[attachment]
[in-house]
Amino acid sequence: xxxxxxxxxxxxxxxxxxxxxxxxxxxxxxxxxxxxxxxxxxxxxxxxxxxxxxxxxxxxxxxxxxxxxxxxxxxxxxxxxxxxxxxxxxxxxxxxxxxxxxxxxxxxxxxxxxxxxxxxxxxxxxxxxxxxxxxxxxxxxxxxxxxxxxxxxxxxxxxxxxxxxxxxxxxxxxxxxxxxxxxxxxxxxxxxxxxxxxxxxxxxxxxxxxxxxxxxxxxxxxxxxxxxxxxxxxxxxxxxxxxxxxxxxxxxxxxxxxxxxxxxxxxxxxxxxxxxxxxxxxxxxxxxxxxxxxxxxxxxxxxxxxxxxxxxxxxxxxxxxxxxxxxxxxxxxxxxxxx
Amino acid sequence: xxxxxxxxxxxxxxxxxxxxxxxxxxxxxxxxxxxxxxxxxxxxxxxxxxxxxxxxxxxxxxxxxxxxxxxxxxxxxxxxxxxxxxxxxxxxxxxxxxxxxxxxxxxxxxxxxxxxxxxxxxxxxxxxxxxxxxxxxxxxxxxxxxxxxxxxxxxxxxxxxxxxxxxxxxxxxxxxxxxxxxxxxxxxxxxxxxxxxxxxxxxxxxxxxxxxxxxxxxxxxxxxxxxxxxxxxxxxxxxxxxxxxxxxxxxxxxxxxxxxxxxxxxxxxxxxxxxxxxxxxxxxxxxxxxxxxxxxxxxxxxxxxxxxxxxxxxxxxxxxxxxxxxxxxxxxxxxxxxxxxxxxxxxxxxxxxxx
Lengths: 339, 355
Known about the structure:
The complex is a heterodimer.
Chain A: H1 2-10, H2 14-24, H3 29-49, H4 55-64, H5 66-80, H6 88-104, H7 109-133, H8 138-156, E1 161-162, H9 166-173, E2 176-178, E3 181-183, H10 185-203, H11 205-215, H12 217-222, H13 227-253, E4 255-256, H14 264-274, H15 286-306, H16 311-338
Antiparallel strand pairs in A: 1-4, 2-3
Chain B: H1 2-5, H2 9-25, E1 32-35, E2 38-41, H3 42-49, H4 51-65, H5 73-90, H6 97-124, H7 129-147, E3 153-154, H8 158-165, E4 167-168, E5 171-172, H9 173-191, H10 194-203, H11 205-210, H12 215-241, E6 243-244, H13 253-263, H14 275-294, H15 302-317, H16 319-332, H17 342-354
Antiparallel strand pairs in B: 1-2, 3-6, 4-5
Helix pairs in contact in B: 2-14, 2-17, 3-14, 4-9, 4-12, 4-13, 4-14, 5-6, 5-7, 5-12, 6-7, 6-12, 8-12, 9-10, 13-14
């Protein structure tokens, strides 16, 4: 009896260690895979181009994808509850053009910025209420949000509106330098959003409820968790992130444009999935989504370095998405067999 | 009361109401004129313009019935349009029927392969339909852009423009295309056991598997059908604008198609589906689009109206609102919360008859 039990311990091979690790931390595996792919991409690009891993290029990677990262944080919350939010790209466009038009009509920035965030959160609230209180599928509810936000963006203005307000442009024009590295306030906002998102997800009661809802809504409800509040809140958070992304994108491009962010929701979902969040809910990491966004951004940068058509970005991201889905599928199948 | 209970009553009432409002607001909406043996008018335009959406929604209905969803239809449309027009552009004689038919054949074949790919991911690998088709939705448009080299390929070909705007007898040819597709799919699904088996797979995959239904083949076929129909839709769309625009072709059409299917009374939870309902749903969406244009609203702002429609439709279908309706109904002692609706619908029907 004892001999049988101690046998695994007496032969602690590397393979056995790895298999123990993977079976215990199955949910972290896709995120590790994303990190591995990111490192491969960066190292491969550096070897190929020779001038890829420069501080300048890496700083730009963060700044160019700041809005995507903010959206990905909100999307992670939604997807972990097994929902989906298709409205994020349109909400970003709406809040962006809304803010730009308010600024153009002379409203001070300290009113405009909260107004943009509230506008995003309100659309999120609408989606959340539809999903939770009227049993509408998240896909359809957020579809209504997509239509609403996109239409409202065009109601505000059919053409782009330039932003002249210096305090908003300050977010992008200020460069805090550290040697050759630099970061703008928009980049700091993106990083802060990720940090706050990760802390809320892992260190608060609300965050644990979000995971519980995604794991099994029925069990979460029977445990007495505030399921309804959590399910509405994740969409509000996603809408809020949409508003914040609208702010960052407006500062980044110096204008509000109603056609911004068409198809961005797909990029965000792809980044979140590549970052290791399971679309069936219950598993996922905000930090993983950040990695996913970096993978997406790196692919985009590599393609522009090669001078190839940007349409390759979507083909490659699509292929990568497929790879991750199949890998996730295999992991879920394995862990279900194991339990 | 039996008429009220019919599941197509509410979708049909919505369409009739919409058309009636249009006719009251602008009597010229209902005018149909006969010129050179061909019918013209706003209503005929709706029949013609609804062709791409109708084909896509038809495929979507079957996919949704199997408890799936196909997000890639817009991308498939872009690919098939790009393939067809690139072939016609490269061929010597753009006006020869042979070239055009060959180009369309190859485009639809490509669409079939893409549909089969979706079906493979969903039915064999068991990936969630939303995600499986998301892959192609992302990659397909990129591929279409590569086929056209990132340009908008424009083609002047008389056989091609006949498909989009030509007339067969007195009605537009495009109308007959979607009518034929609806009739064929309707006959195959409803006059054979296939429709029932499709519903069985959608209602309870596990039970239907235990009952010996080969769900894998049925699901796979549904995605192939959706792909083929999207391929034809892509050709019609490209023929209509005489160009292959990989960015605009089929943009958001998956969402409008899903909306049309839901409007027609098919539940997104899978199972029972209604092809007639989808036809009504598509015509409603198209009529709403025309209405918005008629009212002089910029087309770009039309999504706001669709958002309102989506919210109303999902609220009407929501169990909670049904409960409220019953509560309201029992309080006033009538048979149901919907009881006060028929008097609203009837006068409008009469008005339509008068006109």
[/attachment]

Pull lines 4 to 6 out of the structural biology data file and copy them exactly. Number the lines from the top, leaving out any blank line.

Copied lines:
Lengths: 339, 355
Known about the structure:
The complex is a heterodimer.